In their 2019 Guide to Sunscreens, researchers from Environmental Working Group (EWG) rated the safety and efficacy of 1,300 products with SPF, including 750 currently available sunscreens, including moisturizers and lip balms that have SPF values.
Since the first EWG report came out more than a decade ago, many U.S. sunscreen products have become safer. In fact, the Food and Drug Administration (FDA) has issued a proposed set of final rules regarding sunscreen safety. The public comment period for those rules runs through May 28. It's not clear if or when they would go into effect, but the rules are more in line with what EWG has been saying for years. In the meantime, that means there are many products still on store shelves that don't meet the new requirements. This year's report found that there are still serious safety concerns with many of the products tested.
In fact, two-thirds of all products tested were found to offer inferior sun protection and/or troubling ingredients like oxybenzone (a hormone disruptor) and retinal palmitate (a form of vitamin A that may harm skin). Additionally, the claim that sunscreens help prevent skin cancer — a claim that can be found on most sunscreen packaging — isn't backed up by evidence.
SPF: Bigger is not better
Reaching for the product that has the highest sun protection factor (SPF) doesn't guarantee better protection. A high SPF doesn't protect much more than a low one. Rather, it can give consumers a false sense of security. They may think that because they have on a sunscreen with an SPF of 70 instead of one with an SPF of 30, they can go longer between re-applying. That's not the case.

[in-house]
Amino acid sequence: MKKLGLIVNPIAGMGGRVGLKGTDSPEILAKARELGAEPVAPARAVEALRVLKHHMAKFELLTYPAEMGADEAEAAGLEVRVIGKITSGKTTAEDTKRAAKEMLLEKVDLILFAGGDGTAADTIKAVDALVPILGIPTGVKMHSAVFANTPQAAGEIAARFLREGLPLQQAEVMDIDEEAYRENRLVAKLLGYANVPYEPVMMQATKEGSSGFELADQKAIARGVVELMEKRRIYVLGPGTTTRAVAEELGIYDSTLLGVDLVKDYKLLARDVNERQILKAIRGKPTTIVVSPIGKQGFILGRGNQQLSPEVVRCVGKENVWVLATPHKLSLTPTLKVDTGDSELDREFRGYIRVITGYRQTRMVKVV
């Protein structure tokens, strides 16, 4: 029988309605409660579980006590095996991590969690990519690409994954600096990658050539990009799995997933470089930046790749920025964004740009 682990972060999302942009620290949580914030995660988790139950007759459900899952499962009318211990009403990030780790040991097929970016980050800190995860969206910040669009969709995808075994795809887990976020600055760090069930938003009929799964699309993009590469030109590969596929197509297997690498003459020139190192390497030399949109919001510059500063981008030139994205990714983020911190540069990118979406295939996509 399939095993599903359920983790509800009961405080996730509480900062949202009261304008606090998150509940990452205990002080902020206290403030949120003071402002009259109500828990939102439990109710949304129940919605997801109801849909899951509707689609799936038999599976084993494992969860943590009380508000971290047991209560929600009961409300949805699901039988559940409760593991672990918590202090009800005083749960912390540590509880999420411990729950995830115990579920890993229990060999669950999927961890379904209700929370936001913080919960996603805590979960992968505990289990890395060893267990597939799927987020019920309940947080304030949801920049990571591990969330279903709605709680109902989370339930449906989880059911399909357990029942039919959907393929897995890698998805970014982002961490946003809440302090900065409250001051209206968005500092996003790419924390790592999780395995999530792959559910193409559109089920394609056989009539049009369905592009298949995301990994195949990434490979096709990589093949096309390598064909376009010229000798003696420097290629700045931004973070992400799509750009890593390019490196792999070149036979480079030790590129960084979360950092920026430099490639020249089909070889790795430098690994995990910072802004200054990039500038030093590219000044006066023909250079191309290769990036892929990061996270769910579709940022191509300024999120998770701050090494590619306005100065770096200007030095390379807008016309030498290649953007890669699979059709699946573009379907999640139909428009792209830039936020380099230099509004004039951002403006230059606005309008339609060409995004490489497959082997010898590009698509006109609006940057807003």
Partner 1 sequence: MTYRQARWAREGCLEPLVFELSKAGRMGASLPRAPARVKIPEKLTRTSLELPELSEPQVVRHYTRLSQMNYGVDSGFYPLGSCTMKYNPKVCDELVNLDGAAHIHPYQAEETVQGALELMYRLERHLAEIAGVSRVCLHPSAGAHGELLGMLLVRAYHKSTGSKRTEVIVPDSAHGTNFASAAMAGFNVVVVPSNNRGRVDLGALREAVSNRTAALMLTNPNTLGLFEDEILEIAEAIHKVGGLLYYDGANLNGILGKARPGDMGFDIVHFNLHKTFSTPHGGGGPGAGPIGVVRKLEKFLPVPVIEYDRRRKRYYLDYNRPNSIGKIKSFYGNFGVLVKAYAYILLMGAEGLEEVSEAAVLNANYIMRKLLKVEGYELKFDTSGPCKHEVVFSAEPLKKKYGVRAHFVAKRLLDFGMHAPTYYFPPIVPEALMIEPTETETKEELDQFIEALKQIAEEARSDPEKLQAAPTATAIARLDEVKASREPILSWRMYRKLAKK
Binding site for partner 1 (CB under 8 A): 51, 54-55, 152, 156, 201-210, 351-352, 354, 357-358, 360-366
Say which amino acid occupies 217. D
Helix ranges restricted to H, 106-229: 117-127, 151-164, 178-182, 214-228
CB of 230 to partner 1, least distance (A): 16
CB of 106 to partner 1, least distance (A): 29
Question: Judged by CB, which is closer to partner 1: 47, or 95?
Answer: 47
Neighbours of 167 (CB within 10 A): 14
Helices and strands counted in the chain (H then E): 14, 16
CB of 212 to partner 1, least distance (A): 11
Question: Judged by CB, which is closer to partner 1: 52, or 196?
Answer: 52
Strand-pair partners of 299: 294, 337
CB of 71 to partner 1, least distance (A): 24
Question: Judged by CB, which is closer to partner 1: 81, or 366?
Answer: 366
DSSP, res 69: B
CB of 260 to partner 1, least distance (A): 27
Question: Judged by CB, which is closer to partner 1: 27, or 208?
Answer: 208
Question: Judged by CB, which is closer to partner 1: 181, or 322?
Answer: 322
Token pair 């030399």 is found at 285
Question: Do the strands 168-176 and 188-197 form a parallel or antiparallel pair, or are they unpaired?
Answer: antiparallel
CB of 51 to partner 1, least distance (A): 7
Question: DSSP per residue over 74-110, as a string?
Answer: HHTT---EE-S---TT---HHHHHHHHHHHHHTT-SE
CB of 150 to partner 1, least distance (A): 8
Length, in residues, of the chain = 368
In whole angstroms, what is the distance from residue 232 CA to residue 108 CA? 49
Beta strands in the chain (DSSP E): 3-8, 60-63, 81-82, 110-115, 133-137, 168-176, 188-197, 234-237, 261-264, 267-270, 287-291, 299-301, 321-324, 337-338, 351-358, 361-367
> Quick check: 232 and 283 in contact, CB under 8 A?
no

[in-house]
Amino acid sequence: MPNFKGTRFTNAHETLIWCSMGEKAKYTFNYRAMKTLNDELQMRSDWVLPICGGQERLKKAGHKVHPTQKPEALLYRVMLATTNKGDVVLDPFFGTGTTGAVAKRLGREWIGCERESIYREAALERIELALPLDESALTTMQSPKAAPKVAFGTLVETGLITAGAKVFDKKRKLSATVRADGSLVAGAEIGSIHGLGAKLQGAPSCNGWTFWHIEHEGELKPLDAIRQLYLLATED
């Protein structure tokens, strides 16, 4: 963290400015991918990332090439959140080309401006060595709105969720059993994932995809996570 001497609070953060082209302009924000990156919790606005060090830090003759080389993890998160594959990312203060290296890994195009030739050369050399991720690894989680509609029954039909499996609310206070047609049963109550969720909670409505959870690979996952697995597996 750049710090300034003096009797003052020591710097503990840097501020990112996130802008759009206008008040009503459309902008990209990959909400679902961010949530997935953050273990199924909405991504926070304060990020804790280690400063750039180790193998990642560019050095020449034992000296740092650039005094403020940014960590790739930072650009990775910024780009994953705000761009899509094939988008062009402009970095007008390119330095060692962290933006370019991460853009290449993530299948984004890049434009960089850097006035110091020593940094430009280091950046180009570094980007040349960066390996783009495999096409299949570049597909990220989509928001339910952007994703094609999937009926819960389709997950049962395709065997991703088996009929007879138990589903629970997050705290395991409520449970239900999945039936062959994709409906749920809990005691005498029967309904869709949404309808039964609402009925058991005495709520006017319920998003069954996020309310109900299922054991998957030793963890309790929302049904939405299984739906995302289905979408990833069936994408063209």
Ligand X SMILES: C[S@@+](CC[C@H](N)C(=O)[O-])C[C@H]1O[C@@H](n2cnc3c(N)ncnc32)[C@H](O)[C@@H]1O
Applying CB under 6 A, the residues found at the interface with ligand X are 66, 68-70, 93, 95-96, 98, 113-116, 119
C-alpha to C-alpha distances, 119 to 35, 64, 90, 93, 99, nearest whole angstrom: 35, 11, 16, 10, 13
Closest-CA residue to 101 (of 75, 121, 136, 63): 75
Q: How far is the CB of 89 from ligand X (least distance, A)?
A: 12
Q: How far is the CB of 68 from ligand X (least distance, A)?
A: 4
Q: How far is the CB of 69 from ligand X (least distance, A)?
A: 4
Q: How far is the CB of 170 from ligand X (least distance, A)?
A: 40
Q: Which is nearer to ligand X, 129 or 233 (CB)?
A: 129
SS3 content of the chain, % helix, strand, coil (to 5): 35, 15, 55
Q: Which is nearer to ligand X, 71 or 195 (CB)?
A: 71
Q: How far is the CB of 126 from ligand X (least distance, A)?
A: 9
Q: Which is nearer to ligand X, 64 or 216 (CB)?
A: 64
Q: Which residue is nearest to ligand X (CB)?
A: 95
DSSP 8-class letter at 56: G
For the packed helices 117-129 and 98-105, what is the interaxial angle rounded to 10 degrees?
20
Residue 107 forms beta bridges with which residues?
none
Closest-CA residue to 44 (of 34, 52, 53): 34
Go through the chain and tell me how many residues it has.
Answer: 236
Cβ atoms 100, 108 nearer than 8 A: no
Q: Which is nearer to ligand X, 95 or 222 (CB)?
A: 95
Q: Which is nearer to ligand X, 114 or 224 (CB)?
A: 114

In 2011, the Federal Drug Administration (FDA) proposed putting a limit of SPF ratings at 50+ like many other industrialize nations, but the agency never finalized the rule. In the recent rules, they propose a limit of 60+, but EWG suggests staying with the more conservative number. Though the EWG has seen improvements in many sunscreens over the years, this is one area that hasn't improved. This year, they found 10% of all sunscreens tested list SPF rankings higher than 50.
Slather, don't spray
The number of spray sunscreens is also on the rise, despite concerns with the amount of protection they provide and the risk of inhaling the sunscreen. Spray sunscreens made up less than 20 percent of the sunscreens tested in 2007. This year, they comprised more than 25 percent. The new FDA rules propose that all spray and powder sunscreens go through additional testing on the inhalation danger. The EWG cautions consumers to avoid spray sunscreens.
Using the guide
The guide rates sunscreens with a scale of 1 to 10 (lower scores are better) and then alphabetically. You can search the guide by categories like beach and sport sunscreens or moisturizers with SPF, and you can also sort to omit certain ingredients and other variations. You probably won't be surprised to see that some of the worst scoring products (those that score a 10) are the most recognizable brand names. With this many products, it's helpful that there's a search bar, too, so you can find a specific sunscreen quickly.
In addition to sunscreen, EWG recommends wearing clothing that covers up your skin, hats and sunglasses to protect your eyes, and staying in the shade when you're outside. Planning activities in the early morning or late afternoon when the sun is lower in the sky can also protect you from harmful sun exposure.
Editor's note: This story has been updated with new information since it was first written in May 2018.